There was negligible warmup before the climbing began. Once it started, it didn't let up. We took an alternate route through a rather spectacular gorge. Reminded me of the Flume Gorge in New Hampshire, except it had a narrow one lane paved road through it. The grade was rather heinous. I was in my 34x32 most of the time. Stopping to take pictures, I was soon off the back of the pack.
We popped out of the gorge into a open valley. It looked flat, but my Garmin said otherwise, rarely indicating less than 10%. I asked our ride guide if it got steep again, and the response was "oh yeah!"
HEading up to Fedaia
Eventually the headwall to Passo Fedaia comes into view with switchbacks cut into it. It looked really impressive, but given the state of my legs riding with the "A" group the past three days, I was scared. The grade kicked up to 15% again and pretty much stayed there for the next couple kilometers.
Looking down Fedaia
Our riding groups are ad hoc formed each evening after the ride briefing. Depending on how we feel, we can choose which group to ride in, with A's being the fastest. A handful of us have ridden in the A group for each ride. I wondered how much longer I could pummel my body on this trip.
The descent from Fedaia was swift and furious. It didn't last long enough. For once, I didn't need to don the long layers for the descent. It was quite pleasant out. We dropped down into Campitello di Fassa and mingled with heavy traffic for several kilometers. For the first time, we had a stiff headwind to push into. When we reached Pozza di Fassa, our final climb of the day began, Passo Costalunga. We were told this one was pretty tame. It started out as anything but tame.
View on Fedia descent
Kurt immediately rolled off the front. The talking stopped. We dug in. This was supposed to be a semi-recovery day. The pace of the rest of the A group slacked off a bit. The next thing I reallized, I too was riding by myself off the front. My legs felt spooky ok considering what they've been through. I soon was pushing a full-on threshold effort pace. Kurt came back into view and eventually I caught him, just after the heavy work subsided. The summit comes after several kilometers of false flat. After shameless drafting Kurt for a km, I resumed TT mode and drilled the last couple km to the pass. It was a completely wreckless thing I had done. Wednesday's ride is 130km with big climbs, then the two hardest days of the trip come after that. No recovery, ever.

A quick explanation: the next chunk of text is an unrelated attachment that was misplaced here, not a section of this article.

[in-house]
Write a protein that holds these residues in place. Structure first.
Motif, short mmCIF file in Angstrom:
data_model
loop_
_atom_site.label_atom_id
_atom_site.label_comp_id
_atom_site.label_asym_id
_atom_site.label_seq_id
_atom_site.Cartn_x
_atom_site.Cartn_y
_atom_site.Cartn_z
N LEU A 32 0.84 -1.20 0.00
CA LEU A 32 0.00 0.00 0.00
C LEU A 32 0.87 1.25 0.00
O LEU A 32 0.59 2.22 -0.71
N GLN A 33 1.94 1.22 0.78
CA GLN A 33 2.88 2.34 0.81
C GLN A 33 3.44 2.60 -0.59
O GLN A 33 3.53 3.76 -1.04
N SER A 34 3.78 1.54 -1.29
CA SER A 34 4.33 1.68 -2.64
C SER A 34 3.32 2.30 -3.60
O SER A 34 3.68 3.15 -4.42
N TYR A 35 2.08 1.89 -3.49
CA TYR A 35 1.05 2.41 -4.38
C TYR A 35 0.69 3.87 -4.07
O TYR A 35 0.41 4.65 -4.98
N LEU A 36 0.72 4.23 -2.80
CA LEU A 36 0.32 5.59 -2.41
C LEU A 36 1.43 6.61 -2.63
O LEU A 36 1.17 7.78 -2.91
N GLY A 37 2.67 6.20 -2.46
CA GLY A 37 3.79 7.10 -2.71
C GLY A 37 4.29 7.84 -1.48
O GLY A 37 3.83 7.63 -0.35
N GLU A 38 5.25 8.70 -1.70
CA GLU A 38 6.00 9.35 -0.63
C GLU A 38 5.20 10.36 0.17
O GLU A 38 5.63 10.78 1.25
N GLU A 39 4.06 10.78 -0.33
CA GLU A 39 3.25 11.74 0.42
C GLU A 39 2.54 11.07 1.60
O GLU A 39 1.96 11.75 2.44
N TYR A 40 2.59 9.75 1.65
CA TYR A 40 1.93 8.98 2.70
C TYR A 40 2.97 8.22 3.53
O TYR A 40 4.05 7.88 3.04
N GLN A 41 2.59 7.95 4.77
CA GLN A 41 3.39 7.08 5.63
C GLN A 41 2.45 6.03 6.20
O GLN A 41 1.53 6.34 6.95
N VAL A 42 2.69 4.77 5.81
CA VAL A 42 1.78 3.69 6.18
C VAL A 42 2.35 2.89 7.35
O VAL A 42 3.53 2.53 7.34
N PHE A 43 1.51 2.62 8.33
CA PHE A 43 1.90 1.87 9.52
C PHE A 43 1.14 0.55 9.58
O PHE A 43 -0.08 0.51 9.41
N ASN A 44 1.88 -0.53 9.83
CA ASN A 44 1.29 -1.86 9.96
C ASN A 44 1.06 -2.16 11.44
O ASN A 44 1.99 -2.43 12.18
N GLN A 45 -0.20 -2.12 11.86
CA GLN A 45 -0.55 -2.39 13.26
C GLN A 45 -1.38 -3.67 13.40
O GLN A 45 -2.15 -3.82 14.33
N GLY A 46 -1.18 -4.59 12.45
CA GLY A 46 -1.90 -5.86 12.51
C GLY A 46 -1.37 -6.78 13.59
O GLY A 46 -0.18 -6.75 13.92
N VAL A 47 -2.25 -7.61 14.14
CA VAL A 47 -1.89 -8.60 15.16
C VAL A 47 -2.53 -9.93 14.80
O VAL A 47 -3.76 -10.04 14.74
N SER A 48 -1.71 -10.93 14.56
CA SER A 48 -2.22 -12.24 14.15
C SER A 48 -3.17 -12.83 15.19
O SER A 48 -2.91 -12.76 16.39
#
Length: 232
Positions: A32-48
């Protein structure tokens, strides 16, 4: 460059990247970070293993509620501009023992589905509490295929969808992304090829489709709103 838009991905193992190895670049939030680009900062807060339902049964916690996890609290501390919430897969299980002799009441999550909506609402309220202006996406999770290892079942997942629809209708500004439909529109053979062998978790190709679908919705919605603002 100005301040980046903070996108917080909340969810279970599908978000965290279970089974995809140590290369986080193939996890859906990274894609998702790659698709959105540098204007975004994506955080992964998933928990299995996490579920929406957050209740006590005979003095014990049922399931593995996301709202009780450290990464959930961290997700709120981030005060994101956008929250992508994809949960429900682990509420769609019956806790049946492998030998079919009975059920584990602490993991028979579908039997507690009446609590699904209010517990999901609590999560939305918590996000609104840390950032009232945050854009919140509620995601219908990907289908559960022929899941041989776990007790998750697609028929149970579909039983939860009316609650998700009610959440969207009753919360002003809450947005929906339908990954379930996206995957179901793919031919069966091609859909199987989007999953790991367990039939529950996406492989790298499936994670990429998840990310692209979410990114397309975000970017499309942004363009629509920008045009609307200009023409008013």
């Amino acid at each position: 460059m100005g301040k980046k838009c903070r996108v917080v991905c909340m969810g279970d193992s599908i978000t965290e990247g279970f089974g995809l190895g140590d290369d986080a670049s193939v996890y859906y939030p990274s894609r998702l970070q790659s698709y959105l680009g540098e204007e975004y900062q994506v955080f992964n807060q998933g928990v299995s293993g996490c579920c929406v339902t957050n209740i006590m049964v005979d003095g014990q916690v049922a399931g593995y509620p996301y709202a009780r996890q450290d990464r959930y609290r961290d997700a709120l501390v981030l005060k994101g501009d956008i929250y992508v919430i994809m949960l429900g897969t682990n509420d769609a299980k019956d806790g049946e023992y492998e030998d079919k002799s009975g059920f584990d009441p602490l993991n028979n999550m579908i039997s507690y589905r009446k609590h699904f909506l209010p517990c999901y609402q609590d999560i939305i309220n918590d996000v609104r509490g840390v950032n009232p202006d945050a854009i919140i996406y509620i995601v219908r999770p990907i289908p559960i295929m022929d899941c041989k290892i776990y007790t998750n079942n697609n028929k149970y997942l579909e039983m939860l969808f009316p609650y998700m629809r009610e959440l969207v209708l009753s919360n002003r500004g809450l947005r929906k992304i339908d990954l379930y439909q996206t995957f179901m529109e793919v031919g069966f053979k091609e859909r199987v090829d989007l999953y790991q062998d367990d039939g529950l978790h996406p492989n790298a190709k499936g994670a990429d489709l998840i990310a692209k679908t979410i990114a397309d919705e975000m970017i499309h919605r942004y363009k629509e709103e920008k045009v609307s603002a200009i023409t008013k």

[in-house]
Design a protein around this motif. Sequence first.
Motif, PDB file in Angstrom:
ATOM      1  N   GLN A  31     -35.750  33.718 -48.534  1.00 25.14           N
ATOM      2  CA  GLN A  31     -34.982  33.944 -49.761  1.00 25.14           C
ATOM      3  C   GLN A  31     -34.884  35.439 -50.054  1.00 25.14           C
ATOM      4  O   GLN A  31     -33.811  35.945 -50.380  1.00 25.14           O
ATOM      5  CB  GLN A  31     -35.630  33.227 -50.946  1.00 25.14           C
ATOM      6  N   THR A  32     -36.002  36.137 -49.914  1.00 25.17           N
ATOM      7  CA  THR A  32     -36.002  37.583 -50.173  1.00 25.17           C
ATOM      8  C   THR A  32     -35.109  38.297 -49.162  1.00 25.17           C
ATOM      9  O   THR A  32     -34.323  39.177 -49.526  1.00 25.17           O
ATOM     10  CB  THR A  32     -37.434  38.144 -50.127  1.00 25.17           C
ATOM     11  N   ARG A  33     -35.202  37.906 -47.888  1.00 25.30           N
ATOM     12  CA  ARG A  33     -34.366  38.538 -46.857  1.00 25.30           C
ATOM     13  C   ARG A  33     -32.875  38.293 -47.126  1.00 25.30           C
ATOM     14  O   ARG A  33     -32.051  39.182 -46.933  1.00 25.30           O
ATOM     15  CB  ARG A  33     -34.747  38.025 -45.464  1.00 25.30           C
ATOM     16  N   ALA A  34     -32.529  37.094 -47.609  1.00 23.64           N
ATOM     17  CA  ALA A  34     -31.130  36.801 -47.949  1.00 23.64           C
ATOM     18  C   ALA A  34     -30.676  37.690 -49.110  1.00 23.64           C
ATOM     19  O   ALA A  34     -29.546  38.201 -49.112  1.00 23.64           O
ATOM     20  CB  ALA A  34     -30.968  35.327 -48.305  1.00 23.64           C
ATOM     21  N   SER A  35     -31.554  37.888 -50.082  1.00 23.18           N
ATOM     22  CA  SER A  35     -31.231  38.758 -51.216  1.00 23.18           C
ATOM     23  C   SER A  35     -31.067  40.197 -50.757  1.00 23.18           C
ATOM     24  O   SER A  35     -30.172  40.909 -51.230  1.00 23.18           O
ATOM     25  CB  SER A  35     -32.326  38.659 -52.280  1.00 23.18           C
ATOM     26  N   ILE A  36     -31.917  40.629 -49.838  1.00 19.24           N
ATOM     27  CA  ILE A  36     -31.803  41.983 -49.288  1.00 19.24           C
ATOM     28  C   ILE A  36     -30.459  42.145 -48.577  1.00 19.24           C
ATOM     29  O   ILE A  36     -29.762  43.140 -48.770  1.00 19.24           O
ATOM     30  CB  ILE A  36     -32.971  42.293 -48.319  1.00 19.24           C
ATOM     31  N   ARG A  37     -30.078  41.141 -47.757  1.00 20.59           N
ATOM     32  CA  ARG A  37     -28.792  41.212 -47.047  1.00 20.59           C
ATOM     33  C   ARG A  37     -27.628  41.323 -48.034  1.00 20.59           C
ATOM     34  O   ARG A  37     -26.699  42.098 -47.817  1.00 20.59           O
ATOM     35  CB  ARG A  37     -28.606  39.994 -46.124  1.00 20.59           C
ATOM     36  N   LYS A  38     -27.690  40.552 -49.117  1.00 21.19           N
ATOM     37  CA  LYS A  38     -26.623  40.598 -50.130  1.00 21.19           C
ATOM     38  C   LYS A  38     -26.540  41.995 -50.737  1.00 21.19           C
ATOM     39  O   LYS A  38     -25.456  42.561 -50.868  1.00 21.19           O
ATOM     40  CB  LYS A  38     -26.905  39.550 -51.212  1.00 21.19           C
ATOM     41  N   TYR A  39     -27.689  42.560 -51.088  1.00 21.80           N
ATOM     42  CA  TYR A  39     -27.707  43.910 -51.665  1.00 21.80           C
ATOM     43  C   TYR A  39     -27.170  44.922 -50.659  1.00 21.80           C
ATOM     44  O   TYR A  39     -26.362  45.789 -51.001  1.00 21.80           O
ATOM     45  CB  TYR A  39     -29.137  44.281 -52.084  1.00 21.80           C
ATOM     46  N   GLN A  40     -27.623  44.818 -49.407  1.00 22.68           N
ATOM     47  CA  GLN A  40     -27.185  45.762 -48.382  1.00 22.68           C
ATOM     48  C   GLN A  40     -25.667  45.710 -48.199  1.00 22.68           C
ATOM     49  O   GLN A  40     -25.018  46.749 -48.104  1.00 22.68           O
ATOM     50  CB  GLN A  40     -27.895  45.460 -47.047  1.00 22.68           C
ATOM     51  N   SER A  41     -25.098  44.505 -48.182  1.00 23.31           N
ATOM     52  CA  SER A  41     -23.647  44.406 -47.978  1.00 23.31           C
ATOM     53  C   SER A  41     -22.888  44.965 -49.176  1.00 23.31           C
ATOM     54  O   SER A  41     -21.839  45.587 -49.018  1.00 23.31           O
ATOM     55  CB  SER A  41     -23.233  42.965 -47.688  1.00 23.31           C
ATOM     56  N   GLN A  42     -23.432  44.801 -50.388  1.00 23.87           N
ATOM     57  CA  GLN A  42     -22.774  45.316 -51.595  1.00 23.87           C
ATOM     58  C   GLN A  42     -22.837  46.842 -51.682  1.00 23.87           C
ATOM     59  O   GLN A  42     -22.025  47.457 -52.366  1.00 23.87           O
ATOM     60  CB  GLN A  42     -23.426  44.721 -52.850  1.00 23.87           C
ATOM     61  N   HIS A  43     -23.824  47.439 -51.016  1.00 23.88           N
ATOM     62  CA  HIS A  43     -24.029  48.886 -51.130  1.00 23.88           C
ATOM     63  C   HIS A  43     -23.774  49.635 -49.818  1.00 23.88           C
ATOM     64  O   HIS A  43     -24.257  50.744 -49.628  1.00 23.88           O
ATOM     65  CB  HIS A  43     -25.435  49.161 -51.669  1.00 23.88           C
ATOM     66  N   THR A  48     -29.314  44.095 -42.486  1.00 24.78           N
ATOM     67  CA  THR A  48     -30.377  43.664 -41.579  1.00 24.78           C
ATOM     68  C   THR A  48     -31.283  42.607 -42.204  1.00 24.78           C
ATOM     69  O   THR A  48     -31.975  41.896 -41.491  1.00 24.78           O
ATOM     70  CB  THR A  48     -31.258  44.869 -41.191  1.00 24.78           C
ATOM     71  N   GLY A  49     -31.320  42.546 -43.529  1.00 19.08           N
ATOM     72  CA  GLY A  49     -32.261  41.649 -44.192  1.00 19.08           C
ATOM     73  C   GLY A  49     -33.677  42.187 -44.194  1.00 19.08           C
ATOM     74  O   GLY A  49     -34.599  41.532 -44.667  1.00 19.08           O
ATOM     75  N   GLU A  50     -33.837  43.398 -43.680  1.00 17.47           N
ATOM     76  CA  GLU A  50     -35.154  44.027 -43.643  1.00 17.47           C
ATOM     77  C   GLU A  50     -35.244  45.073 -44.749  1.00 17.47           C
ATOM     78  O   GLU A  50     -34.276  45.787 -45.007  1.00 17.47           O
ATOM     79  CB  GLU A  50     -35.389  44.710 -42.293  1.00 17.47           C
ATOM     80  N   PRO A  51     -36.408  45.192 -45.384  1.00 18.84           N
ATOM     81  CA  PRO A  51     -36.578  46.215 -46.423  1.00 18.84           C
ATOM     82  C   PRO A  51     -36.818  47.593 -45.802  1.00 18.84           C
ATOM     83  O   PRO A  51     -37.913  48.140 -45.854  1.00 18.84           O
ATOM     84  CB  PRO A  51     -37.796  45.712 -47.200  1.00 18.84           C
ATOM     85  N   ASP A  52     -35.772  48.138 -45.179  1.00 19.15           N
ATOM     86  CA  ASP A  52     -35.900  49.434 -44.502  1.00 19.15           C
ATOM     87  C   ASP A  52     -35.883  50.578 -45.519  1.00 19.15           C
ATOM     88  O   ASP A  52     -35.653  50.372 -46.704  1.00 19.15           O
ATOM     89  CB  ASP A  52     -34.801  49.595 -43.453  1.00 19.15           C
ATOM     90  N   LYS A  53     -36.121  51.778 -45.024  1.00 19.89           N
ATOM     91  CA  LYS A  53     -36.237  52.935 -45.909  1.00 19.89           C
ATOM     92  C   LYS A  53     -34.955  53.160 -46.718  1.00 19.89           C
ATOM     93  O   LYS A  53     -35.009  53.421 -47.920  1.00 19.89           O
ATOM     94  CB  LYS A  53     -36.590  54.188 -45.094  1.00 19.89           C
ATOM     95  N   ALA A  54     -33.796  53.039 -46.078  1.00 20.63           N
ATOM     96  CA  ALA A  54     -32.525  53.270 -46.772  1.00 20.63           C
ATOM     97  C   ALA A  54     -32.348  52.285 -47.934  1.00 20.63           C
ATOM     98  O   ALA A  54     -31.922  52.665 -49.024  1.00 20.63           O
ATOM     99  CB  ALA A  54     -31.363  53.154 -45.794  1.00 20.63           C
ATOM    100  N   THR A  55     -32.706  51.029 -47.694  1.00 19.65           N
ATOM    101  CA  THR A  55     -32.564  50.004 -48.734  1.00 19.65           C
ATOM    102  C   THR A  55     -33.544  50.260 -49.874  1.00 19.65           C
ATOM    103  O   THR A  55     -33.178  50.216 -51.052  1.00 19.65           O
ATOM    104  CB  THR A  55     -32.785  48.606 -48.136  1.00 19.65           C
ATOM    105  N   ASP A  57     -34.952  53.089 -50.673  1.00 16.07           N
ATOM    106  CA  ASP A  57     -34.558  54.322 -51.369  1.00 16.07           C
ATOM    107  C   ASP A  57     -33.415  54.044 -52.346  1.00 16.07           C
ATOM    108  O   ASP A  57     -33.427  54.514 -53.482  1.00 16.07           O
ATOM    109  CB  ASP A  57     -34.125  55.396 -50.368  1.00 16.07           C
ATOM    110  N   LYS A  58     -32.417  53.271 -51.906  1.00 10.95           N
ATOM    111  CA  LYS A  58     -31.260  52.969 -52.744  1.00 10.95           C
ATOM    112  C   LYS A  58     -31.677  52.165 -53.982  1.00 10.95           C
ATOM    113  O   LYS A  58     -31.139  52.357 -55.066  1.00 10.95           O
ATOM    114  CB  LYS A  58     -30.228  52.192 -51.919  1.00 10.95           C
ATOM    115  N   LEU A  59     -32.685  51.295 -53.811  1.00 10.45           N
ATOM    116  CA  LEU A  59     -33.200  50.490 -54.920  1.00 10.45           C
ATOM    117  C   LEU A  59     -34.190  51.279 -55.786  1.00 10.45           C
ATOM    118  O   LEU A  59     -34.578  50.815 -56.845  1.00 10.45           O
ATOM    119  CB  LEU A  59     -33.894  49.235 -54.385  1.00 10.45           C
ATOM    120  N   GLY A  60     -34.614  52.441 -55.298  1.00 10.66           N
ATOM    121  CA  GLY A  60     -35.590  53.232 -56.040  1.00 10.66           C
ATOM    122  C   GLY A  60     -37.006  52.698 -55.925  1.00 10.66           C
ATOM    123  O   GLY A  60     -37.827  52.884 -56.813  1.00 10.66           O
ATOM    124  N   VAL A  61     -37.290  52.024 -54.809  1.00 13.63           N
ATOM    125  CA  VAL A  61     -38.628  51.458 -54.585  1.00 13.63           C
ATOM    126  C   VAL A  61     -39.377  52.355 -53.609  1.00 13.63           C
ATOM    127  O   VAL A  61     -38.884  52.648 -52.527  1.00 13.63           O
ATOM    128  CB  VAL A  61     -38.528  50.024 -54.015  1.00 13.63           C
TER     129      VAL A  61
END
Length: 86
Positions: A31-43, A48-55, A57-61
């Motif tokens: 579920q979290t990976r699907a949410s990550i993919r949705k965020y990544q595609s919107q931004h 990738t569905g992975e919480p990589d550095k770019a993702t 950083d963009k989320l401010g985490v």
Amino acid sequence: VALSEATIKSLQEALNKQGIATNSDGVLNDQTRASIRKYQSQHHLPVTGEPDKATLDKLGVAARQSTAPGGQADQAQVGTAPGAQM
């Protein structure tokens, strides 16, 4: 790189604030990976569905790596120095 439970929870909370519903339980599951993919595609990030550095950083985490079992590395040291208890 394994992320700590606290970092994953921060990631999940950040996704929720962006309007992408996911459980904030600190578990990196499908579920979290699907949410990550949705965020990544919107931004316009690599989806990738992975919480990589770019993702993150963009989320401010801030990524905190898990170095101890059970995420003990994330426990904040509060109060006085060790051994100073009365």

We took a long outdoor lunch break at the summit of Costalunga. It was gorgeous out, about 19C, sunny and breezy. Towering peaks loomed to either side of the pass. The break did my body good. I ordered a Tirollese Pizza. Tirol (spelled different ways) is thinly sliced ham, almost like bacon. It seems to be very popular in sandwiches and such. When the pizza came, it was way more than I could possibly eat, and for about 8 Euro. Totally hit the spot.
Lunch stop on Costalunga
The descent from Castalunga lasted forever, nearly 30km long with negligible pedalling. It went through many tunnels, several of which you could not see the other end. The longer tunnels were dimly lit. Of course, the tunnels followed the same 6-8% downhill grade. Our pack broke up a bit on the descent, since not all of us are fearless descenders. I was with three other riders in the back group. I nearly broke 80kph in one tunnel. Very spooky in tight, curvey tunnel with oncoming traffic that buffeted you with turbulence. You dared not take your eyes off straight ahead.
When we bottomed out at the outskirts of Bolzano, all three groups joined for the procession into town to our hotel. Several riders said that was their best descent of all time. I'd say it makes my top-three list. Wish I had more cojones to carry speed around the switchbacks and stay with the lead descenders. I keep thinking back to Bill's and Alex's wrecks on descents back home and don't want that to happen to me. We did have another minor crash today, the same rider that slid out on a switchback two days ago. Tires crossed on a steep uphill grade with tumble to sidewalk. I litte more minor road rash and tweak derailleur hanger were the result.
Bolzano is a wicked cool town. We went into the center, which is a vast, carless shopping area. Hundreds of shops. All cobles, with bicycles everywhere. I regret not taking the camera. We were on our own for dinner today, so my roommate Joe and I had dinner at outdoor cafe, as many cafes here offer outdoor seating. Really cool people watching, like chicks on bicycles.
View from hotel in Bolzano
At our next day's ride briefing, we were offered a "bail-out" option to skip the two mountain passes and just ride a slightly rising 80km route to our next town. At first almost everybody took the easy way out. Most were beat down. Much cajoling ensued by those that wanted to do the planned route. I came here to ride mountain passes, not a bike path between towns. The ride leader penciled Joe in for the long ride despite his desire to bail. We both complain about each other's whining about how the rides are kicking our asses. I don't want to hear it from him. He trains about 18-20hrs per week and spent time on three different Canadian national teams back in the day. He's got a motor, even though most of his training hours are spent trail running these days. Hopefully the weather continues to hold up. Other than a soggy first day, the weather has suited me well these last three days.